The Victor Disc – Revisited
In February of this year, one of the greatest Phish gems was uncovered, providing a look at the band in a context we had never seen before. The Victor Disc is the result of a recording session from 2002 in New York, and is perhaps one of the best glimpses at the band in their true improvisational form. This session provides a behind-the-scenes look at Phish in a stripped down, unpolished studio setting. Something that is rarely heard by fans. Today we revisit this treasure that was discovered earlier this year.
The Victor Disc was recorded on December 19, 2002, while the band was in New York to appear on the Tonight Show with David Letterman. Trey and Page went into a studio after midnight and decided to call Mike and Jon in for the session. The disc was named after the sessions engineer, and the result was over two hours of music, featuring 10 instrumental tracks, with a very loose form of jamming.
Following a similar path to the outside jazz that defined Miles Davis’ early 70′s music, the jams lack structure. The tracks are built up through a collective interplay of musical patterns and phrases. Providing a look at Phish in a setting that we have rarely seen them in, free-form studio jamming, The Victor Disc reveals the magic Phish is capable of in the studio.
This recording session brings us inside the world of Phish, and shows us way the band jams when there are no ears present but their own. Without any boundaries, the band jams as a unit, moving through numerous musical pathways. In a 2003 interview with Rolling Stone, Trey hinted at The Victor Disc becoming the band’s next album. He described the night of 12.19.02 as follows:
“I called Mike — he was in bed,” Anastasio says later that day, after the Letterman taping… He couldn’t wait to do it. “It’s all a leap of faith — four guys leaping out of an airplane with one parachute…Last night, we were still playing at six in the morning, and I’m thinking, ‘Boy, I should go to sleep. I gotta do Letterman tomorrow.’ But we were cranking it out.”
For years after the session, the legend of the recordings grew. Three tracks from the session surfaced sporadically (“Lazy in Red”, “Den of Iniquity” and “Bubble wrap”), giving a glimpse at the magic that had taken place on that winter night in New York. However, these tracks hardly display the true magic that ‘Victor’ contains. In February, the full disc was leaked spreading around the internet like wildfire. When finally, we heard what we had been waiting so long for, all expectations were more than satisfied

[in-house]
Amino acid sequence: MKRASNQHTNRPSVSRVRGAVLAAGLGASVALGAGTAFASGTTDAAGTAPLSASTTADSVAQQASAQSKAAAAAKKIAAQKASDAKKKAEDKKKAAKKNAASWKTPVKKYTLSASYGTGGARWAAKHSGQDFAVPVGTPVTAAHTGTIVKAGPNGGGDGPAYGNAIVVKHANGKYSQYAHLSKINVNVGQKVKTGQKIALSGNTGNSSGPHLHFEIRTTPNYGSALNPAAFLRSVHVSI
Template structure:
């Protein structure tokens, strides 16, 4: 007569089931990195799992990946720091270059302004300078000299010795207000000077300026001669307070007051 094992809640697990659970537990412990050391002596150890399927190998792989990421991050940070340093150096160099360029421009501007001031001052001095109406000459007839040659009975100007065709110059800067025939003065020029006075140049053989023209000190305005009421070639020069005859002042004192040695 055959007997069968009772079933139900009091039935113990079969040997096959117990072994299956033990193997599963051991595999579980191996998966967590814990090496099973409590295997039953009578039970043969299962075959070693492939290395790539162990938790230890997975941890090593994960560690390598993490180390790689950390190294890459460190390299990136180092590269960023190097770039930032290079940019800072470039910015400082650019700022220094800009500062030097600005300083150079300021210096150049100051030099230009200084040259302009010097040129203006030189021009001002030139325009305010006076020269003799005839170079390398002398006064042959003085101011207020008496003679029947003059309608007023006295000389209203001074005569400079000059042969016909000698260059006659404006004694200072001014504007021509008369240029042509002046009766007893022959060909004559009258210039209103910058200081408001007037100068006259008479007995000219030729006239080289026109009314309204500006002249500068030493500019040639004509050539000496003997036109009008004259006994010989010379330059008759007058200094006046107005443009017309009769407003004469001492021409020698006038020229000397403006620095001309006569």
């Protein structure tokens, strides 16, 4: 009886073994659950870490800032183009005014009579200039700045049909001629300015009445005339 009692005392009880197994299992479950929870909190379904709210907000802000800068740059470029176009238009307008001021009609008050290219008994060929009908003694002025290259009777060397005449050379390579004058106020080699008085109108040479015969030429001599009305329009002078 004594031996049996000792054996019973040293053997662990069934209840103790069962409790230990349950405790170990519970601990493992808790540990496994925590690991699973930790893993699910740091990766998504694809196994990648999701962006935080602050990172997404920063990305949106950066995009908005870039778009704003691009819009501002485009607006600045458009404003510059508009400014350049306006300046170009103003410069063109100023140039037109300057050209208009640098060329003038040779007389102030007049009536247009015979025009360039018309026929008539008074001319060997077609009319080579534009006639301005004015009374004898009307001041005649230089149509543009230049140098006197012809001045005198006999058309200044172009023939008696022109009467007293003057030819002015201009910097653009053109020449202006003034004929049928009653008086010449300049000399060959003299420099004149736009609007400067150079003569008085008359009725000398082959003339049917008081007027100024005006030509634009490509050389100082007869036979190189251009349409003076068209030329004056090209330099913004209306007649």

Previously, in a studio setting, the band had rarely been able to capture the essence of their live performances. The Siket Disc was the best example prior to ‘Victor’. However, the music on that disc is largely focused on psychedelic exploration with multi-layered effects. Heavily engineered, The Siket Disc was Phish’s attempt at something completely different. The Victor Disc is similar in a sense that it is different, yet it is also noticeably Phishy. The music sounds familiar, yet new. Mixed with a heavy dose of jazz, the band creates an open, free-form type of jamming that is one of, if not the best, studio recordings they have produced.
A far more successful attempt at free-form music than Trey’s Surrender to the Air, The Victor Disc remains open, yet tight. Containing numerous outside sections, often reminiscent of the spacey jams in “The Other One”, the music weaves in and out of chaotic jumbles. However, the chaos is simply a sign that the band is attempting to add more to the jam, and while it doesn’t always work instantaneously, given time, the chaos can become beauty. The Victor Disc contains a great deal of this chaotic risk taking, and out of it rises some incredible melodic sections that make the journey worth while. At very few points on the disc can a lead instrument be identified. Each member fits in as a component of the whole, collectively developing the jams. Mike and Page are noticeably louder, giving their roles a larger presence on the recording.
Each member’s playing on The Victor Disc complements the others’ playing perfectly, providing textures and interesting contrasts. Page, who plays mostly just Piano on the recordings, adds a strong jazz feel. His use of chords and harmonies is reminiscent of Bill Evans and Thelonious Monk
at times, especially in “Guantanamo Strut”. “Lazy in Red” is perhaps the most similar to a ‘normal’ Phish song, whereas the rest delve into a differently familiar style. “Sky Train Wand” provides a very jazzy texture mixed with some very Phishy jamming. “Guantanamo Strut” begins as an intense jam that enters into some of the bands most melodic playing on the disc. “The 35 Minute Jam” is a totally free look at the band unleashing their improvisational prowess. The entire disc is packed with incredible musical peaks, that I thoroughly enjoy.
For those of you who are unfamiliar with this disc, I hope you enjoy it as much as I did the day it was leaked. Finding a rare treasure like this does not happen very often. The Victor Disc is a true gem.
Listen to “Guantanamo Strut” from The Victor Disc.
For a detailed explanation of each track, read Mr. Miner’s article on The Victor Disc here.